Androgyny and androgynous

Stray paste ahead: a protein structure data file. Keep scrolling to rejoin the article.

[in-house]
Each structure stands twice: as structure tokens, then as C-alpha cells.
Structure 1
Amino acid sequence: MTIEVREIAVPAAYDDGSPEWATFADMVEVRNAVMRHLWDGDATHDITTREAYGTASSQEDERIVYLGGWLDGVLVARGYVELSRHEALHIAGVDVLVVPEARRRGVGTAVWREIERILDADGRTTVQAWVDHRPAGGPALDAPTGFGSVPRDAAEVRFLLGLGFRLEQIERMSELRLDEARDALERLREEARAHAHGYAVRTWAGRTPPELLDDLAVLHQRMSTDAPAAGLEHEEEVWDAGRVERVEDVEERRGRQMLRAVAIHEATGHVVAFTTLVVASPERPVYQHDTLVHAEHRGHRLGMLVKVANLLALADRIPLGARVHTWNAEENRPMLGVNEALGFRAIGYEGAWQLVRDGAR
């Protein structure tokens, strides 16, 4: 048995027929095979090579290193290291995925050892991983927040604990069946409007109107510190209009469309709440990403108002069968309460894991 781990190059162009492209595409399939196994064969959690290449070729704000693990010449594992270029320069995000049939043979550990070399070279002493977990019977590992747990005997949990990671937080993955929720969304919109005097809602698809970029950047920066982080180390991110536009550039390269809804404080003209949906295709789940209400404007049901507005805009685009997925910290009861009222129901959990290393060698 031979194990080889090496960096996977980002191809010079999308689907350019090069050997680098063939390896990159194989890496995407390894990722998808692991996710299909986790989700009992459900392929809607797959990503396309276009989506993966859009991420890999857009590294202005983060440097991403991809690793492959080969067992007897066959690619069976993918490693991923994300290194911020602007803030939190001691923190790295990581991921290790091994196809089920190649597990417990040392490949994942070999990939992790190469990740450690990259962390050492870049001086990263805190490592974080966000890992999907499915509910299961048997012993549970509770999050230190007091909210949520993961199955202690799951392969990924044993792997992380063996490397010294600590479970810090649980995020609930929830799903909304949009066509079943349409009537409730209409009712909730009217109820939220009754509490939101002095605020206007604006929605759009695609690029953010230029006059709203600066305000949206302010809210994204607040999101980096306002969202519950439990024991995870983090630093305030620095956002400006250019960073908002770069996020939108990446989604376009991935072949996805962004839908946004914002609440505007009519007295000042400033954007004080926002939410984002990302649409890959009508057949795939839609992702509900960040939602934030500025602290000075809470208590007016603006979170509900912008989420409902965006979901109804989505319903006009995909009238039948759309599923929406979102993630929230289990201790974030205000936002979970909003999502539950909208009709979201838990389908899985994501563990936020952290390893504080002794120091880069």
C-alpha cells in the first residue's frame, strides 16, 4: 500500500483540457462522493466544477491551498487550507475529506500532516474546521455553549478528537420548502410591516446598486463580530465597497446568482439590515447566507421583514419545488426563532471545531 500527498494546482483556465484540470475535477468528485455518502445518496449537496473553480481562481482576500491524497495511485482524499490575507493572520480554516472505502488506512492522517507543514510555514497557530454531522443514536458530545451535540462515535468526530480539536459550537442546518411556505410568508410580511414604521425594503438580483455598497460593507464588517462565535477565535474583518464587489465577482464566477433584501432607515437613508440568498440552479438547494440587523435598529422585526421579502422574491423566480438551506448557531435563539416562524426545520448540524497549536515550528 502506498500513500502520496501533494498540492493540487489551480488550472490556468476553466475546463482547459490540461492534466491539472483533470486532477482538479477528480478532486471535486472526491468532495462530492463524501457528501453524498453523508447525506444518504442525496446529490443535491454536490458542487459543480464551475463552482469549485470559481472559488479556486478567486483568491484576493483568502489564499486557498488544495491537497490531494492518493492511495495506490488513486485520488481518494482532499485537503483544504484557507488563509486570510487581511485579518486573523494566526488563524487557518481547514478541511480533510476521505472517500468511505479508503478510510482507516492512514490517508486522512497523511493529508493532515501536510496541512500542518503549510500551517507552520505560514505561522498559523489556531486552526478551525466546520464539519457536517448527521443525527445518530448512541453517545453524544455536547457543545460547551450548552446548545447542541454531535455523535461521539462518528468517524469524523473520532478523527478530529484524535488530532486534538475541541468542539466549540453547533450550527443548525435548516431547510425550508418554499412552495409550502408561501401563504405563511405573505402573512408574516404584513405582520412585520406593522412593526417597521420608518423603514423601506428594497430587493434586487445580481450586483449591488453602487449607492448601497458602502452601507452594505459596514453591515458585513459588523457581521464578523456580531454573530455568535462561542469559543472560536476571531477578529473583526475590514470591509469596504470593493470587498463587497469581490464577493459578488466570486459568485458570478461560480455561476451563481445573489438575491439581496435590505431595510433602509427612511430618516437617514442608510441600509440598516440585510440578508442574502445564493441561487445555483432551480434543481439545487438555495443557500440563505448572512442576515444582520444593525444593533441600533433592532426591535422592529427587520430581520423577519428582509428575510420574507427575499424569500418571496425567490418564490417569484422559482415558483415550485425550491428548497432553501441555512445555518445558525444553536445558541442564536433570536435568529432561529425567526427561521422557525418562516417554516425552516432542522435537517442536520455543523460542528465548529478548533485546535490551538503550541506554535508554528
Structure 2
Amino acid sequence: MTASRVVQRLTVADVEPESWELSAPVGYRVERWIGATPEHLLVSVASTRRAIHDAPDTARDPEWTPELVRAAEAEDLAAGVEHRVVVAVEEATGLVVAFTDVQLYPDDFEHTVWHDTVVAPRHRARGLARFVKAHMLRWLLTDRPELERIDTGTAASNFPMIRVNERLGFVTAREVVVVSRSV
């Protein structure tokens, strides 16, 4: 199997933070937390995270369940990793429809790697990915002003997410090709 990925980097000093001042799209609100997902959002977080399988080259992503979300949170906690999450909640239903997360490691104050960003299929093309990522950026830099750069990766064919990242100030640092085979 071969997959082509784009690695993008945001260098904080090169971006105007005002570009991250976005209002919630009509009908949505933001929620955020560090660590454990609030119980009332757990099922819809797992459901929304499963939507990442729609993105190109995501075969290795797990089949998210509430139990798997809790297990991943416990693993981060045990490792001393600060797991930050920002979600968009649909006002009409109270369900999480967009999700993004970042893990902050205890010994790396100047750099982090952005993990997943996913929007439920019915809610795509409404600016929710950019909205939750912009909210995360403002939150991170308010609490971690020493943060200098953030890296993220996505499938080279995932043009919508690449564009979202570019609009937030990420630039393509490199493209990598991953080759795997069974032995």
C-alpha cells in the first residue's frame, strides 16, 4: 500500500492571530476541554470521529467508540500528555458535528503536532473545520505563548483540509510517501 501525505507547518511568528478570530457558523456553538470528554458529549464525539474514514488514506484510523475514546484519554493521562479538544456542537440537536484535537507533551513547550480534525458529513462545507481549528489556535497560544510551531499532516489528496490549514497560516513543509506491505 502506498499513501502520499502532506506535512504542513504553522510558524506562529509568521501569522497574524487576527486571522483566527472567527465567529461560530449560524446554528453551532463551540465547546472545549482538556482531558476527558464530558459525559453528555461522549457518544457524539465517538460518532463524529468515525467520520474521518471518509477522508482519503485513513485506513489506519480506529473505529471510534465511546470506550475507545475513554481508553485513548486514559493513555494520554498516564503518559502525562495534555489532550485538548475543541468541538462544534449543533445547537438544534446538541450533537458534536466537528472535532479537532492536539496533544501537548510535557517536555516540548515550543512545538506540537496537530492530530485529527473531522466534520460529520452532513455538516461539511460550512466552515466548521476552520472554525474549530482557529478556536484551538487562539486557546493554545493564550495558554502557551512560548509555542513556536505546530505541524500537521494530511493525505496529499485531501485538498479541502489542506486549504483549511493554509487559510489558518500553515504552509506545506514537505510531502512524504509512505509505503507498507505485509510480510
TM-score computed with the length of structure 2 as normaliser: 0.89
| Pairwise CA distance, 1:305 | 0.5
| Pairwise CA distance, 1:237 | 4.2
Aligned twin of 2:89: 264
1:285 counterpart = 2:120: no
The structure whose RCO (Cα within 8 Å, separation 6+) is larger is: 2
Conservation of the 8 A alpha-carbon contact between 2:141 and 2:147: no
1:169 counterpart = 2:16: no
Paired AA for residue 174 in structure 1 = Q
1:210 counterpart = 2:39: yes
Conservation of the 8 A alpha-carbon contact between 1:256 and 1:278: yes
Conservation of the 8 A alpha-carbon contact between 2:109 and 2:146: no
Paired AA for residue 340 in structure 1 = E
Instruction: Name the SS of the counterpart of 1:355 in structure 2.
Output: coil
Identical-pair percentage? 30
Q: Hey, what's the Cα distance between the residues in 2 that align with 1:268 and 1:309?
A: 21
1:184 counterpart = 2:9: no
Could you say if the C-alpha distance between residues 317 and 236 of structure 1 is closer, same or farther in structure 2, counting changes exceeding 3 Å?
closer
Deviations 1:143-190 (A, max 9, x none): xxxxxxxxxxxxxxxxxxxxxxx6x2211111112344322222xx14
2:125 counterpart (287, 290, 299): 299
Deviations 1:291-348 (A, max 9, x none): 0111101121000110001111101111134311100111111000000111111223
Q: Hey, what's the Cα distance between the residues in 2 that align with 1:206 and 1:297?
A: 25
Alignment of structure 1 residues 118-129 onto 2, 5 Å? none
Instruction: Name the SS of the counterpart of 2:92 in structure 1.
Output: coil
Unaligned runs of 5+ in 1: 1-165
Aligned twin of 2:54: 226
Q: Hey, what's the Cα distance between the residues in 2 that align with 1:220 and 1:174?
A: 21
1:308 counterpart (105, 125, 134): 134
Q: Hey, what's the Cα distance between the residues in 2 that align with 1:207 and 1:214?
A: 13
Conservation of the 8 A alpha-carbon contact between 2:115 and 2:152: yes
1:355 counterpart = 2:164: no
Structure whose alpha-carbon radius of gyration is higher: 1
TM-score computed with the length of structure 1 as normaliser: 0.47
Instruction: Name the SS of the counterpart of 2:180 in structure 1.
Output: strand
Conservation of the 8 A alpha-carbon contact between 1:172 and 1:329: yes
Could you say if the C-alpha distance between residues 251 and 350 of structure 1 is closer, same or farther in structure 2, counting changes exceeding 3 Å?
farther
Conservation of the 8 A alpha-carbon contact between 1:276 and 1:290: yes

Having both male and female characteristics or qualities. The use of androgynous figures in mythology is widespread. In Greek mythology, for example, the minor god Hermaphroditus became both male and female after the nymph Salacis was united with him in one body. The concept of androgyny has been further developed by those following the psychological theory that human personality is invariably made up of both male and female characteristics. The feminist movement has promoted the notion that if males develop their feminine side and women their masculine side, differences could be lessened, and rigid stereotyping avoided.Examples of art exploring androgyny: Roman copy after a Hellenistic original from the 2nd century BCE, Sleeping Hermaphrodite, marble, length 169 cm, Louvre. Ovid told the story of Hermaphroditus in his Metamorphoses (IV, 285...): Hermaphroditus was the son of Mercury and Venus. When the boy was 15, he and the nymph Salmacis were so in love with one another, that they prayed they would never part. The gods then made them one, with a body both male and female.

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